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Think in Ink

I have a few tattoos. They were scrawled onto me in different parts of the world, usually while drunk and without much emotional meaning – or tactical skill. Certainly nothing compared to the art that followers of the new tattoo renaissance display on their bodies. So I’m keen to meet the tattooists of Hackney Wick and get their perspective on this ancient art form, rising up today as a means of self-expression.


Maria Paradise is nestled in a warehouse style unit right on the edge of the Wick. I’m surprised just how peaceful and mellow it feels inside; incense is burning, there’s a soft murmur of rock’n’roll and a large painting on the wall reads ‘There is only dog heaven.’ It makes me laugh. Owner Luis is a Portuguese artist who moved to London six years ago. His studio is home to 10 resident tattooists and a handful of changing guests who visit from all over the world. Like many of his fellow artists, Luis is covered in tattoos. I notice many of his own pieces covering his chest and back as he takes off his shirt to reveal more.


“Tattoos are walking works of art”, he says. “People are their own collectors, curating their vessels with the artwork of the artist they love.” I ask why he thinks the age-old tradition of inking the skin is growing in popularity, and if it’s important that designs carry a deeper meaning. He replies in a warm tone, “our bodies are our last thread of pure freedom, why does it need a purpose!?” I’m getting the sense that the enormous pressure of ‘forever’ seems to be lifting, and I think about friends who’ve painstakingly hesitated over inking themselves, indecisiveness eventually turning them off altogether, leaving their skin untouched.

Luis operates through bookings only, no walk-ins. He talks me through his enormous book of flashes containing hundreds of drawings, words, symbols and signs, all drawn by him. He does not offer custom tattoos, he prefers an intuitive, on the spot instinctual choice. Bold. Is this the new generation’s response to permanence, or maybe he’s just sick of timewasters? Perhaps we don’t want to think about tomorrow in a world of uncertainty, on a burning planet, and maybe it’s smart to reframe our relationship to the idea of ‘forever’ and instead focus on living now?


Not too far away, Only Here for You (formally The Lacemakers) is nestled down a side street in the heart of the Wick. The energy inside is busy, dynamic and interactive. The walls are covered in the work of various tattoo artists, and there’s a large ritualistic altar in the corner, full of meaningful objects. It feels like I’ve walked into the scene of a Tarantino movie. If Maria Paradise is ‘new gen’ then Only Here For You is most definitely traditional. There’s a distinct difference between the energies of the two places. This is a shop of characters, each with their own look and essence. I’m greeted by manager James, a friendly Welsh guy who was formerly a musician in the band, Crows. He tells me the studio houses five residents and seven artists, they offer a walk-in policy and provide custom tattoos. He introduces me to Delphine, a French powerhouse and tattooing legend. She opened The Lacemakers seven years ago and passed the studio down to her apprentice, Elliot, as is the traditional tattooing etiquette. Her passion and intricate knowledge of the art is obvious, and I sense I’m sitting opposite a woman who has seen it all.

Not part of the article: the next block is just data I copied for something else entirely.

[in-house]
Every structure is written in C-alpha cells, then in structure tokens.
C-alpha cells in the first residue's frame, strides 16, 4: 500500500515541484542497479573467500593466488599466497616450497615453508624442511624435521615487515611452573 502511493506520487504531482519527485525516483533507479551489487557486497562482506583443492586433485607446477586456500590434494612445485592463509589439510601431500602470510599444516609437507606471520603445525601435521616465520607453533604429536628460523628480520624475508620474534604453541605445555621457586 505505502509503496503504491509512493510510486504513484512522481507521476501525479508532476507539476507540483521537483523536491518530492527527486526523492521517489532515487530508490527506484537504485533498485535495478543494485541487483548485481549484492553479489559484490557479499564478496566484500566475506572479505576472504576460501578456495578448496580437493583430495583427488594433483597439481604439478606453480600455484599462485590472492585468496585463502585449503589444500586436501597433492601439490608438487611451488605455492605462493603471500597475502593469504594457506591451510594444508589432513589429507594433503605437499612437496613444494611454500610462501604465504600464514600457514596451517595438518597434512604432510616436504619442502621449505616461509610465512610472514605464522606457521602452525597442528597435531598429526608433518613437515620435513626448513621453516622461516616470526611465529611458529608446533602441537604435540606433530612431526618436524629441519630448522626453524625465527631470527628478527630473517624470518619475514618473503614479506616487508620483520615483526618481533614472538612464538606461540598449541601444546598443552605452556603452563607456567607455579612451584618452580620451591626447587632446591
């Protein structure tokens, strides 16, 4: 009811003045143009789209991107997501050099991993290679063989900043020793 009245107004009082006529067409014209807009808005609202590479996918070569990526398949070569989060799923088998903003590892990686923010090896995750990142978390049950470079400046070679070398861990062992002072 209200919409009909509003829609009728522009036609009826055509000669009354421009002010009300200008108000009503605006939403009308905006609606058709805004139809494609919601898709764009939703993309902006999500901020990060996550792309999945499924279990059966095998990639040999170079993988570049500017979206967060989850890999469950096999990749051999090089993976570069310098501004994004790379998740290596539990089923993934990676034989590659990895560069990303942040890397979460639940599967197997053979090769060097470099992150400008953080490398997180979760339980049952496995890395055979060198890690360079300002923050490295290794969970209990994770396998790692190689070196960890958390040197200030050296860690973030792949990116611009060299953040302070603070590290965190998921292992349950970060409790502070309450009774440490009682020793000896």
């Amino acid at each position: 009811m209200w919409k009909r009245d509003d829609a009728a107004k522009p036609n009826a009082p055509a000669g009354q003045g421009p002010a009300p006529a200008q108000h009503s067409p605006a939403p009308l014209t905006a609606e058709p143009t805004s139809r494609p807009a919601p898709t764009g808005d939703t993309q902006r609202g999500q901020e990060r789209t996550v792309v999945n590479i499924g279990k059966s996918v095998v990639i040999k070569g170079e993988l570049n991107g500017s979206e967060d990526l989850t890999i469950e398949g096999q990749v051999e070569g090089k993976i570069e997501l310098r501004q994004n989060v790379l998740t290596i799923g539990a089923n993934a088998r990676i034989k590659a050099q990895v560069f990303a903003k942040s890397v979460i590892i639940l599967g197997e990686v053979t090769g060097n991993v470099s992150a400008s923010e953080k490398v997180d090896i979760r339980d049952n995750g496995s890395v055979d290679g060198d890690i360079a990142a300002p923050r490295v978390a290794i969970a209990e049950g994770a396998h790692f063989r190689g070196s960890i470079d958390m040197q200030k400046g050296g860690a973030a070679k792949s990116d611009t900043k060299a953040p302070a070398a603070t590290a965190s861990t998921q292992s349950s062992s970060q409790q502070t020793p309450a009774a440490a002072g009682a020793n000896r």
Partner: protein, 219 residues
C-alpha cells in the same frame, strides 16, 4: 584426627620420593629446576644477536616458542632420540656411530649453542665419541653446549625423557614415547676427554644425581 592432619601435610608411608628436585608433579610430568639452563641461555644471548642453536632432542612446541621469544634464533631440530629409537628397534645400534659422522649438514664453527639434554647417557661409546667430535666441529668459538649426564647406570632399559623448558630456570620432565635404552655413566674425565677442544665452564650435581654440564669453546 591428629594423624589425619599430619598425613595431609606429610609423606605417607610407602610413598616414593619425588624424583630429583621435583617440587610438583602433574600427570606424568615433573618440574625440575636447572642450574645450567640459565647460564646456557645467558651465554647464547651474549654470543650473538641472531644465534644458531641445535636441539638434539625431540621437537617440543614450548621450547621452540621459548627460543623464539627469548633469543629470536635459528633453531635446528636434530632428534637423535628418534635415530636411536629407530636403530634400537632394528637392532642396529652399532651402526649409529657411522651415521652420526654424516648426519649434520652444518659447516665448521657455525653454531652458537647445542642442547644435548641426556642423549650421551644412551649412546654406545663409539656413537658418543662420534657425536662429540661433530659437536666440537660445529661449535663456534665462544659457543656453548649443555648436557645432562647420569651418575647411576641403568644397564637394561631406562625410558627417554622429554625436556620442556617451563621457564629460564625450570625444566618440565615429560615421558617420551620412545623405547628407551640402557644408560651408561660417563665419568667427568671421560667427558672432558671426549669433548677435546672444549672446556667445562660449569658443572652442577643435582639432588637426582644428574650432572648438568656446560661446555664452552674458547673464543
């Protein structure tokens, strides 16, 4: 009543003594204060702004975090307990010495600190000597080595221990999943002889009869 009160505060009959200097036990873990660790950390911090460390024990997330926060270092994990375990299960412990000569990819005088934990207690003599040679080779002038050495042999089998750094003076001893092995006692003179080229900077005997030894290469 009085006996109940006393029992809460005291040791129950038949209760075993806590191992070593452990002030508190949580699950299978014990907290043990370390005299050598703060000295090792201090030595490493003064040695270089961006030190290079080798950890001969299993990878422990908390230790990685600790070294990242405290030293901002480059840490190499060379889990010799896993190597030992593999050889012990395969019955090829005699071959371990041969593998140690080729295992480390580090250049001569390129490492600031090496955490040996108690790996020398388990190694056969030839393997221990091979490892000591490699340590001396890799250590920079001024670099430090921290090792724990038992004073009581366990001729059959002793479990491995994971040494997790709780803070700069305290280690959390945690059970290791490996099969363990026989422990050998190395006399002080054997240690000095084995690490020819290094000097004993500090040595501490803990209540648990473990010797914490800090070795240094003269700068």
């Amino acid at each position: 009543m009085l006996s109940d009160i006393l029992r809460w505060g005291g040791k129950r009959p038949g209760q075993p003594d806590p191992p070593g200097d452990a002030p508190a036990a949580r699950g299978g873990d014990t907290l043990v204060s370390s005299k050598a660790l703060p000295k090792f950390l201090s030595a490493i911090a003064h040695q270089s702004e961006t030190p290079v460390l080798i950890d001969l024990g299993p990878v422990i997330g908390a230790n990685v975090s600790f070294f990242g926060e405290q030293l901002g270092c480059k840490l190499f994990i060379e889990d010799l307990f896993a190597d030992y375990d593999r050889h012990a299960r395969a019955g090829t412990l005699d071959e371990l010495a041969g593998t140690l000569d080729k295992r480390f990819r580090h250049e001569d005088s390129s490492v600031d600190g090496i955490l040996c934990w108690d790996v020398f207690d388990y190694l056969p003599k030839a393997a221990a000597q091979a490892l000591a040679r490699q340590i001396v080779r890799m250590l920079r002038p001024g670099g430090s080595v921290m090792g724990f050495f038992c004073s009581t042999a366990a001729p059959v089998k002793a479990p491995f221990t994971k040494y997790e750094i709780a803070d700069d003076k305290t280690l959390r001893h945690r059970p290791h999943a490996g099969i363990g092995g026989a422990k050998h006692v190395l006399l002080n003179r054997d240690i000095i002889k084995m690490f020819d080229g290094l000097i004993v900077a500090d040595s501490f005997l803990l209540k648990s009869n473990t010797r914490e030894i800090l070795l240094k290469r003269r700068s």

“This work used to be hard, but now it’s soft,” she says. She explains that, as a woman, carving her place in the industry meant “working her ass off” whereas younger generations now rock up with a basic stick ‘n poke technique learned online. “With the rise of social media, legendary shops have closed,” she laments. After spending the morning with Luis I’m eager to compare perspectives. Does Delphine similarly consider the body a vessel to be expressed upon, then curated? She looks me dead in the eye, like a film star delivering the final line of a movie: “It’s a healing process. You get tattooed because there is something so deep inside of you that you have no words for it. It’s a Shamanic practice, like a blood ritual.” So how would she describe the difference between these two approaches to tattooing? “Easy. Old Gen is an internal process, New Gen is an external process.”


Our conversation makes me think of the ancient cultures in which tattooing was a sacred and profound initiation into a new way of being, a new skill or healing capacity. In a time where everything is so externalised, to reflect upon the inner world, to excavate inner wounds and display them boldly is both profound and therapeutic. I get the sense that to a lot of people, getting inked is like reappropriating their bodies, reclaiming themselves after a period of feeling lost.


Just as I’m leaving, I meet another resident, Pata, whose entire face is covered in tattoos. I can’t help but get lost in the stories it tells; without speaking a word he is saying so much. He explains that the process is “trauma informed, and highly spiritual.” He speaks of it like a therapeutic passage into breath and presence. When we commit to seeing ourselves in our totality, we move the pain and share it with the world. So why did I get a badly drawn love heart behind my ear that now looks like a raisin? Did I want to hear more love, or was I just 14 and it was the first symbol I could think of? My tattoos aren’t the walking gallery standard of Maria Paradise, or the sacred initiations of Only Here For You, but I do feel a newfound love and self-acceptance for these inky memories. Tattooing is not just an expression of beauty, it goes further than being skin deep. It’s a process, a journey, and a passage to truth.

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